".it has been so hot, I can only lay on the floor. I have asthma and take medication. It's hard to get to the clinic to see a doctor. I know people who have diabetes and X has lung problems. Man, it's so hot, I can't see straight..Parchman is insane."


"I am currently being housed in a Maximum Security Unit, which is Unit 32-C Building, Parchman MS. The unit itself sits out in the open, which means, the entire unit gets baked by the sun all day, making the building we live in like "hot boxes." Temperatures here reach 100 degrees a lot of days, so you can just imagine how hot it gets inside. The only thing prisoners have to escape the brutal heat is a fan which we can buy from canteen. Other then that, there is virtually no ventilation. Even with a small fan it's hard to breathe because of the intense heat. This is cruel and unusual punishment on all who are subjected to these elements. Recently they came through our building and stripped our power from each cell, leaving us with no way to run our fans. This was all we had left to try getting away from the heat. They have taken cruel and unusual punishment to it's fullest extent. It's unbearable to live this way and I'm truly afraid prisoners are going to die from the heat and lack of ventilation. Contrary to what people on the outside think, we prisoners here have nothing, no TV's, no radios, no air conditioning and all the other things that people think we have. Do not be deceived by such thoughts, I assure you this is not so, the only things we prisoners here in 32 have are what they give us which isn't much at all."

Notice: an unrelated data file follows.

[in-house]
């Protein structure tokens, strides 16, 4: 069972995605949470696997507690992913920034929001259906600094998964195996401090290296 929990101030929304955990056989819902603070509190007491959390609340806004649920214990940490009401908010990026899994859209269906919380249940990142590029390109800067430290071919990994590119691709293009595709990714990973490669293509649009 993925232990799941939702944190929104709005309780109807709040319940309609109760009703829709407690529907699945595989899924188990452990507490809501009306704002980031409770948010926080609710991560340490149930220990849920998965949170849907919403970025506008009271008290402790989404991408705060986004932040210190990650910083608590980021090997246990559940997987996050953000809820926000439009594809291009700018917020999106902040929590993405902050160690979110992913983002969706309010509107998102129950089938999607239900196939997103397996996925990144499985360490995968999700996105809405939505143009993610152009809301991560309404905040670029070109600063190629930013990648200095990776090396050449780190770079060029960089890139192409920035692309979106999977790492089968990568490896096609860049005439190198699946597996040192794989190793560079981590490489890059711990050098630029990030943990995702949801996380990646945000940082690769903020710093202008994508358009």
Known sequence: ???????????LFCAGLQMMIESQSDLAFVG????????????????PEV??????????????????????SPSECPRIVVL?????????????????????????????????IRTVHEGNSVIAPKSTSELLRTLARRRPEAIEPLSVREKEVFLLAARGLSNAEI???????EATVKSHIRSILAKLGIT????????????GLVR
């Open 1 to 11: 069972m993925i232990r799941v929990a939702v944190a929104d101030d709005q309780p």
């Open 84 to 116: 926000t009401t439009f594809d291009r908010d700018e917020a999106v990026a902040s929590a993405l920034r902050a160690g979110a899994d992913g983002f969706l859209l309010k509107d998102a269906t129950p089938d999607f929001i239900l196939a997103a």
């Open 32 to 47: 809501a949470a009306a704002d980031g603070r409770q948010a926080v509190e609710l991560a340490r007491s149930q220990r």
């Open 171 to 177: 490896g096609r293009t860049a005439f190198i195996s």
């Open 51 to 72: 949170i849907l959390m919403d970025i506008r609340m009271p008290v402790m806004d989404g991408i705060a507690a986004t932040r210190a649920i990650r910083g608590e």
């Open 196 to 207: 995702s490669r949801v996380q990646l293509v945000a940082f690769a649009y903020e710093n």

"....remember me telling you that we were being removed from our cells, taken to the holding tank and they installed screens on the windows? Well, X and others were having their power removed as well. After today (Aug.3), that entire zone will be power free. Before that, X and others planned to protest. Last Friday they came to X and told him to pack up so they could take him to the holding tank. He told them he wasn't going and others were supposed to do the same thing. Lt. Maxwell came and ordered him out of his cell and he refused so Maxwell ordered several guards to mace X. They all refused to do it. After no one would do it, Lt. Maxwell called up front and got permission to do it personally. So he maced X. After that, X allowed them to restrain him. His property was taken and he was taken to the clinic. While there, the lights were removed and the power was taken. They put him back in the same cell but this time he had no property or clothes. X and others decided over the weekend to start protesting. Some went on hunger strike; others were flooding the tier with their toilets. On the 31st, X set off a sprinkler in the hall. Him and others were standing and protesting. When Maxwell came, the others fell weak and X was the only one who stood strong. He allowed Maxwell to restrain him with leg irons and waist chains. He was moved to a cell with a steel door on it. As he was being brought over here where the steel doors are, Maxwell pulled him into the laundry room area, punched him a few times, and when he went down, he kicked him a few times. When he got on this zone, he yelled and let us know that Maxwell had jumped on him."